Based on the findings of a recent survey conducted in the US and reported by Statista, in 2022, 55% of Millennials primarily used online retailers like Amazon to make their product purchases. What’s more:

  • 34% of Millennials opted for shopping on company websites.
  • 20% chose to use a company’s mobile app.
  • 21% relied on a company’s social media profiles for their shopping needs.

The Millennial Generation as Online Shoppers

Given that Millennials were born into the internet era, characterized by rapid growth in smartphone usage and online communication, they are accustomed to engaging online. In fact, in 2020, 81% of Millennials engaged in online purchases at least once every month.

Furthermore, if given the choice, more than 60% of Millennials worldwide would prefer exclusively shopping online. While Millennials explore online shopping across a range of categories, clothing and shoes take the lead when it comes to buying products online in 2023.

The fact that 59% of Millennials would opt to exclusively shop for clothing and shoes online, even if it meant giving up physical stores altogether, demonstrates their comfort with and confidence in the digital shopping experience.


In Q1 2023, data from Statista revealed that 50% of surveyed Millennials desired personalized product recommendations while shopping online. To deliver a tailored shopping experience to Millennials, retailers must collect substantial volumes of user data across such as website visits, mobile app interactions, and preferred payment methods.

Other than personalization, Millennials consider several other factors when shopping online such as:

  • Pricing and value
  • ConvenienceSocial responsibility
  • User-generated content
  • Mobile optimization
  • Easy returns
  • Free shipping
  • Product reviews and ratings
  • Loyalty programs

The Future of Online Shopping for the Millennial Generation

Millennials have embraced the future of online shopping, with 76% of Millennial shoppers eagerly adopting augmented reality and virtual try-on tools to enhance their virtual retail experiences.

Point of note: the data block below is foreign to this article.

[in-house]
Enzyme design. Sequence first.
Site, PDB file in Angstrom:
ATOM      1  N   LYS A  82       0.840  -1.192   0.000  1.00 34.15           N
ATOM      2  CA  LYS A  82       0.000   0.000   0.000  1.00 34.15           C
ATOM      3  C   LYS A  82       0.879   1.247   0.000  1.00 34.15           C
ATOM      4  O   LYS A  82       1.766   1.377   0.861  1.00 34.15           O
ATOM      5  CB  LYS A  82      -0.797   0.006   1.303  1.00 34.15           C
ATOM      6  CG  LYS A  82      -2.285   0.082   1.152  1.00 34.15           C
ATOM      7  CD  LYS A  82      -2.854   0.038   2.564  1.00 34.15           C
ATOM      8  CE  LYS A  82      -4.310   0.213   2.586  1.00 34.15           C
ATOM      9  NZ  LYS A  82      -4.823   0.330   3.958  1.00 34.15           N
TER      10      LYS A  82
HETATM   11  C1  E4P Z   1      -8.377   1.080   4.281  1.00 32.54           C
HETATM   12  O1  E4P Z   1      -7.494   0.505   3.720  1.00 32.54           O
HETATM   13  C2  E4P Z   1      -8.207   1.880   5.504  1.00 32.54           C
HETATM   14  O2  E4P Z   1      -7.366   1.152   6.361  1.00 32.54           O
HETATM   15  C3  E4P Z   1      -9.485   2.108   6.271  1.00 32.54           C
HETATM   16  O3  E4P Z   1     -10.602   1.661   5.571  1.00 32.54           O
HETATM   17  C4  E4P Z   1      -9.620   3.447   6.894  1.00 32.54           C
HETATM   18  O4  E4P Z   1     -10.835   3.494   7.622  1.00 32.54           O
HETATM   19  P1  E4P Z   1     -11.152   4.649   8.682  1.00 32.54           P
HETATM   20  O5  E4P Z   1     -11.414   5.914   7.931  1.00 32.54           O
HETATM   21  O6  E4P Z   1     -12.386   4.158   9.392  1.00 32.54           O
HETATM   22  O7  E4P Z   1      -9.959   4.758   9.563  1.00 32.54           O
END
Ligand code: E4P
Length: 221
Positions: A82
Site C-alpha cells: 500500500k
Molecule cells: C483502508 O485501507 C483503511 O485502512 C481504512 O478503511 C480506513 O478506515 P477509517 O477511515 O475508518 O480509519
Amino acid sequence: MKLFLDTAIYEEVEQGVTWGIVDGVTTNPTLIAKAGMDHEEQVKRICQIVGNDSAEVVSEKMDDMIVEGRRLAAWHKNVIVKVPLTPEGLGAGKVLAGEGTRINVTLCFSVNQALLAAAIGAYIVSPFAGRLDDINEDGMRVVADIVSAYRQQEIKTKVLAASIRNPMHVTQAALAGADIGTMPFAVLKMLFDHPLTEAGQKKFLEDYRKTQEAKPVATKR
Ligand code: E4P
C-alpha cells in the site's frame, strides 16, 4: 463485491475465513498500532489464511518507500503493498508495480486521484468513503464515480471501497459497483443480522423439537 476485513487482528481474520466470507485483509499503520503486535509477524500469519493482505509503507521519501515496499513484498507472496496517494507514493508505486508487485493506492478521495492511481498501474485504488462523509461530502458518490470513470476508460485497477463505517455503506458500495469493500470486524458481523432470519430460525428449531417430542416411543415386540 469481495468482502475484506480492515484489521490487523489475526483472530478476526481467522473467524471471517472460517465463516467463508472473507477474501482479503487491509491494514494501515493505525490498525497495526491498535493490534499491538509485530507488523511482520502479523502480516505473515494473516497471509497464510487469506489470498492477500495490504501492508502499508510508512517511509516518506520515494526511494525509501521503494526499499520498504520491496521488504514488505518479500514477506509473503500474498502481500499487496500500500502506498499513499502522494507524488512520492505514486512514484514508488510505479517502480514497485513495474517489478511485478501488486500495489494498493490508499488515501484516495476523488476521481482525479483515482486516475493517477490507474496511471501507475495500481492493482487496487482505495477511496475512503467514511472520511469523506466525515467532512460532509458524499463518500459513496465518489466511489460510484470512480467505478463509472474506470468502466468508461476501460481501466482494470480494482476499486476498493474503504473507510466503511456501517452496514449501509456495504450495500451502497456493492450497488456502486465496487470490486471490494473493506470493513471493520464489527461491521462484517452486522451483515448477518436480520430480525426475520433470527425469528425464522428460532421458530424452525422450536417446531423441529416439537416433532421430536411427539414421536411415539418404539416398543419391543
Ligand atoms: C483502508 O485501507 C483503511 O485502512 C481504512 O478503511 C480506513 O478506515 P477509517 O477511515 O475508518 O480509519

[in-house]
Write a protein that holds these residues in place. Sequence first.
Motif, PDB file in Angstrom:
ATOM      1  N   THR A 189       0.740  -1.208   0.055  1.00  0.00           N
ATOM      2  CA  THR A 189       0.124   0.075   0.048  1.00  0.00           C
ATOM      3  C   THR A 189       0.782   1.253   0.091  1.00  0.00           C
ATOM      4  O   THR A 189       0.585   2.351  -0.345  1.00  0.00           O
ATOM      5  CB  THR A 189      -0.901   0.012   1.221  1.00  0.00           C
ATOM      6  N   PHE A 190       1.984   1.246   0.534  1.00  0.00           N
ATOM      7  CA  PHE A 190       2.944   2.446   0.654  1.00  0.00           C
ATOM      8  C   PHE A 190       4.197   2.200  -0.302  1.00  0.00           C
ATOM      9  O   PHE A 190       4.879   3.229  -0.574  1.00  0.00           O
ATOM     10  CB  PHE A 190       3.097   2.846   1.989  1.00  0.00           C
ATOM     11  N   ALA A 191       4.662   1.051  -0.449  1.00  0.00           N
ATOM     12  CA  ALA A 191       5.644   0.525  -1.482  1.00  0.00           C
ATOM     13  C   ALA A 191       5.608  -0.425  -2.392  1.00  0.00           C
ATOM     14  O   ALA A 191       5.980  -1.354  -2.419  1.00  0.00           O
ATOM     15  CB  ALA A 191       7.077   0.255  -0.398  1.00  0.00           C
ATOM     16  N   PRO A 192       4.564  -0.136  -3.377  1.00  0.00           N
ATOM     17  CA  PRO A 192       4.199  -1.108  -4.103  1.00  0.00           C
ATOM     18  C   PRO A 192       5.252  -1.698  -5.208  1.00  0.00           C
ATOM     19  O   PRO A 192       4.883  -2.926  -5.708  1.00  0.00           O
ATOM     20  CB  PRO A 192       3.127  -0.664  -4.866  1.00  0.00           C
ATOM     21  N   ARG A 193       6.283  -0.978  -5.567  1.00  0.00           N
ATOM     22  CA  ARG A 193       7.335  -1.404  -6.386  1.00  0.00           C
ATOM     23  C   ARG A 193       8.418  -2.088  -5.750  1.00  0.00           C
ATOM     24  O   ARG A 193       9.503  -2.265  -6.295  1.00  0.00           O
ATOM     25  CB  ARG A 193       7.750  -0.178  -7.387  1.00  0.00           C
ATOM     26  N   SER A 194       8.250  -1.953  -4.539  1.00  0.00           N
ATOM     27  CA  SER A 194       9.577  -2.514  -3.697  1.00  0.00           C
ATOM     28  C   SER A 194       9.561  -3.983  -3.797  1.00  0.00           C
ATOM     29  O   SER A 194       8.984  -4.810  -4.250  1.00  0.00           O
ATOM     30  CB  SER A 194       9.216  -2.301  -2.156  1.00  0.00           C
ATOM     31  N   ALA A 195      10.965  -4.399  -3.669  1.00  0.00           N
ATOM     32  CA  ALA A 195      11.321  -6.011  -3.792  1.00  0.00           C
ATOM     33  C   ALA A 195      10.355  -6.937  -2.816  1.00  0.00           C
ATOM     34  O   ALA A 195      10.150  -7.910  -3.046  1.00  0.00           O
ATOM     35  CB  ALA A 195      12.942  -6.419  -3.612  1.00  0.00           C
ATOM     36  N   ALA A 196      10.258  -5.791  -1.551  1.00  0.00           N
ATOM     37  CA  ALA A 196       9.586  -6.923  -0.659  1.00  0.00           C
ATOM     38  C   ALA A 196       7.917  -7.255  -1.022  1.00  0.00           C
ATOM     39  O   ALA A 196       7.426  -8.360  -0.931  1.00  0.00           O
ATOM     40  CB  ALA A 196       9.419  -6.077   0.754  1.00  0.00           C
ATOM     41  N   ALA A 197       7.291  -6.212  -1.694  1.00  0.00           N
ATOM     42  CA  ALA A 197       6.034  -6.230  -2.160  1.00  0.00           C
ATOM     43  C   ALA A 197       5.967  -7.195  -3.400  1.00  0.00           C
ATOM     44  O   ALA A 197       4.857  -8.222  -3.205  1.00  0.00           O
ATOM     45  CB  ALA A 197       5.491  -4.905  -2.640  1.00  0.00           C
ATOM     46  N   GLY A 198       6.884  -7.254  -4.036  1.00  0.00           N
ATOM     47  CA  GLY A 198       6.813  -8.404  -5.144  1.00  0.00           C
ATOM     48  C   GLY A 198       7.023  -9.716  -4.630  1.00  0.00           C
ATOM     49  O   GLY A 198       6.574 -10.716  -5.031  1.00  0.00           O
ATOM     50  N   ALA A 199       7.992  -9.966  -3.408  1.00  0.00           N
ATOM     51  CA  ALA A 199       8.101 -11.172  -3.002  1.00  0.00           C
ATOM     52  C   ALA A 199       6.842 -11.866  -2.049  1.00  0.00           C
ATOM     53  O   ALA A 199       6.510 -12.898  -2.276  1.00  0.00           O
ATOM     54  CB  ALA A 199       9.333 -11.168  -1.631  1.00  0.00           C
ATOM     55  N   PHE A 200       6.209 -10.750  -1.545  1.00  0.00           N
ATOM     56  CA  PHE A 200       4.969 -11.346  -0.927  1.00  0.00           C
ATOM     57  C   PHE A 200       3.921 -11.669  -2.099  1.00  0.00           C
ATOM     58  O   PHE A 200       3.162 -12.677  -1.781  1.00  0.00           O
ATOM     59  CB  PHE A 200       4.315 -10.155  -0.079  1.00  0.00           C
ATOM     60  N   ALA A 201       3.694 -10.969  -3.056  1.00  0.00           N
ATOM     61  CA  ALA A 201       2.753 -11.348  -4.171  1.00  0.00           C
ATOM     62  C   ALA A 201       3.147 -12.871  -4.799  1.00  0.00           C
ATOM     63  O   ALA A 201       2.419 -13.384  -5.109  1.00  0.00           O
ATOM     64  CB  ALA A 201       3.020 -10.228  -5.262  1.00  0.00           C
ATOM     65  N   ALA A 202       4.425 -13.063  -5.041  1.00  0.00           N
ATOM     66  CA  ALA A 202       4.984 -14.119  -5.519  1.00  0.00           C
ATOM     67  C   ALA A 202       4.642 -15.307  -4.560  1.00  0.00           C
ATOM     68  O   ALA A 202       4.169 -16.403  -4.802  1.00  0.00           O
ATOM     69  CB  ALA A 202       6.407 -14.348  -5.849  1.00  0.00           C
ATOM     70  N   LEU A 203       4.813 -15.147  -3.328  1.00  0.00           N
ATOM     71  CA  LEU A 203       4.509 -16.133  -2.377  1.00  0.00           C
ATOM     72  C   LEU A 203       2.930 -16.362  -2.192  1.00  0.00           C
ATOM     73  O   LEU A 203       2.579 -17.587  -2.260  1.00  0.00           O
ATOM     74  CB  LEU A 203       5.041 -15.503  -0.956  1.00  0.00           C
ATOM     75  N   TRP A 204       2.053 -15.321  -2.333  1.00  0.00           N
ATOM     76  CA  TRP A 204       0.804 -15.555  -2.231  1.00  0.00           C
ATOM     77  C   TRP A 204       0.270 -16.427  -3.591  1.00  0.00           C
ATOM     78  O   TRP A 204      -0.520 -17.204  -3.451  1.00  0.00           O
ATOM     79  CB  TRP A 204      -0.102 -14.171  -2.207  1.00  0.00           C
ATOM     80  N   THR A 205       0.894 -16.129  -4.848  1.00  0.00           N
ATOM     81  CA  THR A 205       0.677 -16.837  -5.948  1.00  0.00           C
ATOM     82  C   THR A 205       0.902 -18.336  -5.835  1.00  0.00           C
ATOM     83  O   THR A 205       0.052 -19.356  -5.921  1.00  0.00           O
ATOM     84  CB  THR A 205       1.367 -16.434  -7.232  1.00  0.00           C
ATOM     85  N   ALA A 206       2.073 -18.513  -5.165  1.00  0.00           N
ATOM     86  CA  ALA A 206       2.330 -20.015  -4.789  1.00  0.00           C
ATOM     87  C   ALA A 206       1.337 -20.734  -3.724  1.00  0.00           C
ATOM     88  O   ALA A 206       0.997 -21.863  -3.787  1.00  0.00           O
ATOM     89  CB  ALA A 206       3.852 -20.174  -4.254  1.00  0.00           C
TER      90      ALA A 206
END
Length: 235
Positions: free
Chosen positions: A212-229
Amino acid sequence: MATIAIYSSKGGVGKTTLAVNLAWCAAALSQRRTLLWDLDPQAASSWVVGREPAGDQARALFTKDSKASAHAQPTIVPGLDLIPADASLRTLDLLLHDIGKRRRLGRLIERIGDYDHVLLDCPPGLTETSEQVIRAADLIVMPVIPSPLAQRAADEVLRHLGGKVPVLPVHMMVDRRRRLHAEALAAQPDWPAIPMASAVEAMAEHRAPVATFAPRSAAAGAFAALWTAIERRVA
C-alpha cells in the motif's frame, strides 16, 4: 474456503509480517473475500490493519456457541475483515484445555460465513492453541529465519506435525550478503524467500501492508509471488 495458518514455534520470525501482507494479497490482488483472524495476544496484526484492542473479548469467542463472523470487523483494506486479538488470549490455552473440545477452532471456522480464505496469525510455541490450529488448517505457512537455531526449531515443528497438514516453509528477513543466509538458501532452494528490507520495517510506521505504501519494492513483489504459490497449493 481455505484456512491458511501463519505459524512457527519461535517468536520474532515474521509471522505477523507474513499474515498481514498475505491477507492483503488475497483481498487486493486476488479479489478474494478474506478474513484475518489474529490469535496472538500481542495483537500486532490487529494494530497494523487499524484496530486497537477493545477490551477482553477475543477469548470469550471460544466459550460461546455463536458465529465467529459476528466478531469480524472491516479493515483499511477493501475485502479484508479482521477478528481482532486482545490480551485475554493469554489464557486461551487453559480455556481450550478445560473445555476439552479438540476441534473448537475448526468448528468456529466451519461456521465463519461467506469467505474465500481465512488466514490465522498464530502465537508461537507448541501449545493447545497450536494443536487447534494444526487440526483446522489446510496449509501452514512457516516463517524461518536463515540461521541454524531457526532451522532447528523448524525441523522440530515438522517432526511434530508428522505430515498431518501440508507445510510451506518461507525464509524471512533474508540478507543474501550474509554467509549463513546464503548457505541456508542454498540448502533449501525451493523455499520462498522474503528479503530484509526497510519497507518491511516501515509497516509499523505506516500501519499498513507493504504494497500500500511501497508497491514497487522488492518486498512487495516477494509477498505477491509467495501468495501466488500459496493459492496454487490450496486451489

However, while Millennials are generally receptive to new technology, they are also the demographic most prone to perceiving such innovations as invasive and expressing privacy concerns.


In 2023, Millennials are set to uphold their inclination for online shopping over in-store purchases. CNBC reported findings from a survey conducted by ESW, a global leader in direct-to-consumer solutions for retailers, indicating that more than 27% of Millennials intend to increase their online spending significantly while reducing their in-store expenditures in 2023.

Millennials’ Influences on Shopping Preferences

Friends as Influencers

In 2021, Millennial consumers in the US and Canada identified their friends as the primary influence when purchasing clothes. According to a survey shared by Statista, when Millennials were segmented as those aged 21 to 29, approximately one-third of them cited peer reviews as influential in their fashion choices.

Millennials were likely to be swayed by the recommendations of their significant others, with 30% acknowledging such influence.

According to McKinsey, 40% of Millennials are value-driven consumers. Within this group of consumers, there are two distinct segments:

  • Economizers, who prioritize budget-consciousness and show little brand loyalty.
  • Risk avoiders, who heavily rely on recommendations and advice when making decisions.

Payments Experiences

According to a payment provider ECOMMPAY, when it comes to payment experiences, around 15% of Millennial survey respondents indicated they were likely to abandon a checkout page if they were required to create an account on a retailer’s website or app.

Additionally, payment preferences are a critical consideration in online shopping for Millennials. The study found that approximately 80% of Millennials would abandon an online checkout if their preferred payment method was not available, showing the significance of catering to their payment choices in ecommerce.

Millennials exhibit a willingness to embrace “buy now, pay later” options as a convenient shopping alternative. As per Statista Consumer Insights, US Millennials distinguish themselves as the generation keen on these arrangements, with 56% indicating their use of online programs that enable interest-free installment payments for goods and services.


Positive Reviews